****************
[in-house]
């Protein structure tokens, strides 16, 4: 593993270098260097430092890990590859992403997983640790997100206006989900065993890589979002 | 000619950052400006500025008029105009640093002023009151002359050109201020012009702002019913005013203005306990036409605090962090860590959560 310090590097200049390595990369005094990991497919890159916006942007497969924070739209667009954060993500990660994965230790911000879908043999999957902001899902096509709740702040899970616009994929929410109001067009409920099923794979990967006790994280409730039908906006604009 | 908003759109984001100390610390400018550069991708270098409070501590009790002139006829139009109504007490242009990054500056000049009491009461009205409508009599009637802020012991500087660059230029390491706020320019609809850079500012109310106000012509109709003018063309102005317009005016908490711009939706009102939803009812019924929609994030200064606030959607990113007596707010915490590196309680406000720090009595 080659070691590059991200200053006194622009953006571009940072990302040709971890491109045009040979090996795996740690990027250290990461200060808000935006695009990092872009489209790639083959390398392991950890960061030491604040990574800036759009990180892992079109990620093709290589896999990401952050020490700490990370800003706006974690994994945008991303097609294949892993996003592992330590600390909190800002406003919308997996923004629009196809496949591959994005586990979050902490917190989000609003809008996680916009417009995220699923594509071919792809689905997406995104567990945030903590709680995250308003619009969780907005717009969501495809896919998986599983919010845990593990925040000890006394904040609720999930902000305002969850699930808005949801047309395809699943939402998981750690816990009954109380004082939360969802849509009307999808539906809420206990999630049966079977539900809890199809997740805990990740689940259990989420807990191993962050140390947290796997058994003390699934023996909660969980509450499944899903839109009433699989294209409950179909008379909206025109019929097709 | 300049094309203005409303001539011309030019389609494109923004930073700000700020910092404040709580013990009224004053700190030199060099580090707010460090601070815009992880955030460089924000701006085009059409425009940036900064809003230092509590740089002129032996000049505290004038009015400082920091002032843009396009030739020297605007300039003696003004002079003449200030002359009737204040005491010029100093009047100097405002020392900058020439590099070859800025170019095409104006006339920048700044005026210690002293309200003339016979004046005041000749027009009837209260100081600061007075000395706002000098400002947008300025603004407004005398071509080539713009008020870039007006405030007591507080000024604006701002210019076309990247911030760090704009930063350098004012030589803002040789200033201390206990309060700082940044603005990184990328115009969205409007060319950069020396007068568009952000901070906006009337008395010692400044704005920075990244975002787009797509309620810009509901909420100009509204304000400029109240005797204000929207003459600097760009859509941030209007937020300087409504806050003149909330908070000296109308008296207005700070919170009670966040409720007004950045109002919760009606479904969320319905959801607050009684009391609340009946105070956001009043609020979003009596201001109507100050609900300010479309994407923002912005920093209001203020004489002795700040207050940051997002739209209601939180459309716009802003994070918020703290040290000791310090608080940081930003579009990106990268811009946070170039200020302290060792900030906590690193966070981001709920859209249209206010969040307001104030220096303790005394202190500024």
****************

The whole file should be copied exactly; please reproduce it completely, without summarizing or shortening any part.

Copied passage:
[in-house]
């Protein structure tokens, strides 16, 4: 593993270098260097430092890990590859992403997983640790997100206006989900065993890589979002 | 000619950052400006500025008029105009640093002023009151002359050109201020012009702002019913005013203005306990036409605090962090860590959560 310090590097200049390595990369005094990991497919890159916006942007497969924070739209667009954060993500990660994965230790911000879908043999999957902001899902096509709740702040899970616009994929929410109001067009409920099923794979990967006790994280409730039908906006604009 | 908003759109984001100390610390400018550069991708270098409070501590009790002139006829139009109504007490242009990054500056000049009491009461009205409508009599009637802020012991500087660059230029390491706020320019609809850079500012109310106000012509109709003018063309102005317009005016908490711009939706009102939803009812019924929609994030200064606030959607990113007596707010915490590196309680406000720090009595 080659070691590059991200200053006194622009953006571009940072990302040709971890491109045009040979090996795996740690990027250290990461200060808000935006695009990092872009489209790639083959390398392991950890960061030491604040990574800036759009990180892992079109990620093709290589896999990401952050020490700490990370800003706006974690994994945008991303097609294949892993996003592992330590600390909190800002406003919308997996923004629009196809496949591959994005586990979050902490917190989000609003809008996680916009417009995220699923594509071919792809689905997406995104567990945030903590709680995250308003619009969780907005717009969501495809896919998986599983919010845990593990925040000890006394904040609720999930902000305002969850699930808005949801047309395809699943939402998981750690816990009954109380004082939360969802849509009307999808539906809420206990999630049966079977539900809890199809997740805990990740689940259990989420807990191993962050140390947290796997058994003390699934023996909660969980509450499944899903839109009433699989294209409950179909008379909206025109019929097709 | 300049094309203005409303001539011309030019389609494109923004930073700000700020910092404040709580013990009224004053700190030199060099580090707010460090601070815009992880955030460089924000701006085009059409425009940036900064809003230092509590740089002129032996000049505290004038009015400082920091002032843009396009030739020297605007300039003696003004002079003449200030002359009737204040005491010029100093009047100097405002020392900058020439590099070859800025170019095409104006006339920048700044005026210690002293309200003339016979004046005041000749027009009837209260100081600061007075000395706002000098400002947008300025603004407004005398071509080539713009008020870039007006405030007591507080000024604006701002210019076309990247911030760090704009930063350098004012030589803002040789200033201390206990309060700082940044603005990184990328115009969205409007060319950069020396007068568009952000901070906006009337008395010692400044704005920075990244975002787009797509309620810009509901909420100009509204304000400029109240005797204000929207003459600097760009859509941030209007937020300087409504806050003149909330908070000296109308008296207005700070919170009670966040409720007004950045109002919760009606479904969320319905959801607050009684009391609340009946105070956001009043609020979003009596201001109507100050609900300010479309994407923002912005920093209001203020004489002795700040207050940051997002739209209601939180459309716009802003994070918020703290040290000791310090608080940081930003579009990106990268811009946070170039200020302290060792900030906590690193966070981001709920859209249209206010969040307001104030220096303790005394202190500024």